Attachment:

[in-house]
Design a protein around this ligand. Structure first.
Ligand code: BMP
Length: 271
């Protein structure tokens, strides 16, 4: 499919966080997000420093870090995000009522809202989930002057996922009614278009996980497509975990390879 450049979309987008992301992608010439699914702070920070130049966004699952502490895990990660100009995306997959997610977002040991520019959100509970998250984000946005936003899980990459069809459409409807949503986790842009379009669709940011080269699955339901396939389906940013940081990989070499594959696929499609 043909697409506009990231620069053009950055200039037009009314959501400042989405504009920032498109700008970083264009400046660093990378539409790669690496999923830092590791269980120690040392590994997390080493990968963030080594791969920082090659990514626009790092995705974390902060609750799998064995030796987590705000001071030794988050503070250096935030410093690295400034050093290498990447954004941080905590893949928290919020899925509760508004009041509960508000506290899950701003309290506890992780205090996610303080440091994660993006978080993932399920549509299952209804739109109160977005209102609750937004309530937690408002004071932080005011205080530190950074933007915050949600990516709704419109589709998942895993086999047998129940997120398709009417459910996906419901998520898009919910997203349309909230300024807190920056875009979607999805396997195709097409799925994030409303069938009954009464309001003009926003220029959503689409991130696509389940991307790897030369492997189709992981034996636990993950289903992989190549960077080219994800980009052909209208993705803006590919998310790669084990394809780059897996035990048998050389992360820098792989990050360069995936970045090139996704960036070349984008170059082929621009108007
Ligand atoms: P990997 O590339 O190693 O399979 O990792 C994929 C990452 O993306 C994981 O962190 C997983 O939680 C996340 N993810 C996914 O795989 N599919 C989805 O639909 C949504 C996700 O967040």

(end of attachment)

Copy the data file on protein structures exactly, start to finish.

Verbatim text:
[in-house]
Design a protein around this ligand. Structure first.
Ligand code: BMP
Length: 271
């Protein structure tokens, strides 16, 4: 499919966080997000420093870090995000009522809202989930002057996922009614278009996980497509975990390879 450049979309987008992301992608010439699914702070920070130049966004699952502490895990990660100009995306997959997610977002040991520019959100509970998250984000946005936003899980990459069809459409409807949503986790842009379009669709940011080269699955339901396939389906940013940081990989070499594959696929499609 043909697409506009990231620069053009950055200039037009009314959501400042989405504009920032498109700008970083264009400046660093990378539409790669690496999923830092590791269980120690040392590994997390080493990968963030080594791969920082090659990514626009790092995705974390902060609750799998064995030796987590705000001071030794988050503070250096935030410093690295400034050093290498990447954004941080905590893949928290919020899925509760508004009041509960508000506290899950701003309290506890992780205090996610303080440091994660993006978080993932399920549509299952209804739109109160977005209102609750937004309530937690408002004071932080005011205080530190950074933007915050949600990516709704419109589709998942895993086999047998129940997120398709009417459910996906419901998520898009919910997203349309909230300024807190920056875009979607999805396997195709097409799925994030409303069938009954009464309001003009926003220029959503689409991130696509389940991307790897030369492997189709992981034996636990993950289903992989190549960077080219994800980009052909209208993705803006590919998310790669084990394809780059897996035990048998050389992360820098792989990050360069995936970045090139996704960036070349984008170059082929621009108007
Ligand atoms: P990997 O590339 O190693 O399979 O990792 C994929 C990452 O993306 C994981 O962190 C997983 O939680 C996340 N993810 C996914 O795989 N599919 C989805 O639909 C949504 C996700 O967040």